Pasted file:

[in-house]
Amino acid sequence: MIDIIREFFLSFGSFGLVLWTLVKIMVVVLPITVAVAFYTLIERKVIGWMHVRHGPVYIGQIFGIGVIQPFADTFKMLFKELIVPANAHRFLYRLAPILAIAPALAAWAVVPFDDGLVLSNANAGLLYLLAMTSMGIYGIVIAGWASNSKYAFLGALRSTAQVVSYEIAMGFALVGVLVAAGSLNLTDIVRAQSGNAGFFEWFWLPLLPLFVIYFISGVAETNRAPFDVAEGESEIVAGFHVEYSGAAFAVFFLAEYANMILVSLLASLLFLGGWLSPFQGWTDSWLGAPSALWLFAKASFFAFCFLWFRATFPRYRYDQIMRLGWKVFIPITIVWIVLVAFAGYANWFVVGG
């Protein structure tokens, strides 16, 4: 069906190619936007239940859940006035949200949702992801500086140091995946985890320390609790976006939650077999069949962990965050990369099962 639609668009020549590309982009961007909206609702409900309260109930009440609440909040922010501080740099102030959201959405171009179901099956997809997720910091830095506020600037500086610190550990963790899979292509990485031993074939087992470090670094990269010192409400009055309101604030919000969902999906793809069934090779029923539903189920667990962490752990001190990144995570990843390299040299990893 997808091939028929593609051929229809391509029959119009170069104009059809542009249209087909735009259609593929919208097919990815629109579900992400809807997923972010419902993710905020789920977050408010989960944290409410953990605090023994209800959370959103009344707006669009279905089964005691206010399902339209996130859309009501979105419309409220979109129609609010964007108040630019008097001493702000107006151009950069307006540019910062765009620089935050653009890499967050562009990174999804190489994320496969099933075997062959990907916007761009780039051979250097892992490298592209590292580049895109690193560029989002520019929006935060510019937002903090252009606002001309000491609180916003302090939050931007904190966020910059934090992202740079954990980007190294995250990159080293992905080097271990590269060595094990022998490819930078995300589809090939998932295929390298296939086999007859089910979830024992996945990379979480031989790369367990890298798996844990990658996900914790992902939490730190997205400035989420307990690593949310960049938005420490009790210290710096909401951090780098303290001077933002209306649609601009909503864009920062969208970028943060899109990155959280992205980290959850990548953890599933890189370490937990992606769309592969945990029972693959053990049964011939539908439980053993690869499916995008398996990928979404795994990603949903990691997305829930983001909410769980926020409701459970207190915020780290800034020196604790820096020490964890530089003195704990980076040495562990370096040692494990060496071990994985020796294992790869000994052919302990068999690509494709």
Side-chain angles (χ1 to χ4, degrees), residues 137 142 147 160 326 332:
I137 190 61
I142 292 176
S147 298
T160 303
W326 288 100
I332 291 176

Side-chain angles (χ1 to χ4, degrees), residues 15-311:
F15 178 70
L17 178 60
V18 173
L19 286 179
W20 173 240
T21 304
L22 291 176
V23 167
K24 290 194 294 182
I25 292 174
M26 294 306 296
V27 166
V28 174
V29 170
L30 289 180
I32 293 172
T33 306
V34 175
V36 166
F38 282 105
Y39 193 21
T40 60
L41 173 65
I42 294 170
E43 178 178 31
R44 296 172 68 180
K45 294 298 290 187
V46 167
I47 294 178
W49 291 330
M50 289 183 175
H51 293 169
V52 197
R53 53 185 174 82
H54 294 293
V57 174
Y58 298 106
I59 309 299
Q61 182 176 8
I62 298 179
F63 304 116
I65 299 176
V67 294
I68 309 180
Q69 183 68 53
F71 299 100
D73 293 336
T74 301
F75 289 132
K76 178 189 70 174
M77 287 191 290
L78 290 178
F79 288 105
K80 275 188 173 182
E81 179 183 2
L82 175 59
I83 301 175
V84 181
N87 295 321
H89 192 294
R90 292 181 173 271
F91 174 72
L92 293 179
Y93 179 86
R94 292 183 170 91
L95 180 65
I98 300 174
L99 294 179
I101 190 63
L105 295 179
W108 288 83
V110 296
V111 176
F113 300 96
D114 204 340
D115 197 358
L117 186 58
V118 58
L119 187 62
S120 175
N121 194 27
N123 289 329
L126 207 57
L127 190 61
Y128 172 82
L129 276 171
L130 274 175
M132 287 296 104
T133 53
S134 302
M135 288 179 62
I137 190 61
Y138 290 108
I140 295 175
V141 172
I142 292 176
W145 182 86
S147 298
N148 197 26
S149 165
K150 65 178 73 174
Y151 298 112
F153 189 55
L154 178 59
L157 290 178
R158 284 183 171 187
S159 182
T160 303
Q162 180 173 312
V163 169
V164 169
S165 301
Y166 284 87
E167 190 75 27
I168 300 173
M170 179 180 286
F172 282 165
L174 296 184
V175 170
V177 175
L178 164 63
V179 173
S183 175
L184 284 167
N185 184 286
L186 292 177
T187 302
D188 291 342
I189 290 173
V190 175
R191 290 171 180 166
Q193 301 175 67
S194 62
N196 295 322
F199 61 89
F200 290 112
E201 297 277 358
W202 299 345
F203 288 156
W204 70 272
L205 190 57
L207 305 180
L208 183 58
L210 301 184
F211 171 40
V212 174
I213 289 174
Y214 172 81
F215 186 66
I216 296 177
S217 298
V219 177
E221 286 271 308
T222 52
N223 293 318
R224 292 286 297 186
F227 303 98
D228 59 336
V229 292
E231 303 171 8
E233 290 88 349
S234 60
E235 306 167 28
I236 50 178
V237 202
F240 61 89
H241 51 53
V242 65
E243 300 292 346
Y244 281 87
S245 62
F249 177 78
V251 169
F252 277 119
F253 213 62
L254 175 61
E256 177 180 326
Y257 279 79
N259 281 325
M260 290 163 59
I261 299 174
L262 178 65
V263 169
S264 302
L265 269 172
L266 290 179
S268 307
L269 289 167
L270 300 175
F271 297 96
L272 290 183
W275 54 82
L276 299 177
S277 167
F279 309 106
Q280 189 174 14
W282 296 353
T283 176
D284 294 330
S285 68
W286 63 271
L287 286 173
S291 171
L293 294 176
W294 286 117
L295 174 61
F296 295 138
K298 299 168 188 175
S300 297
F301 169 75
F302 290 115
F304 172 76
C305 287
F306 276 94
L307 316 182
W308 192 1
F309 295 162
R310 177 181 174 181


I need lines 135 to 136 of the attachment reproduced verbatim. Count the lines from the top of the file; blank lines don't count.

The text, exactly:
L184 284 167
N185 184 286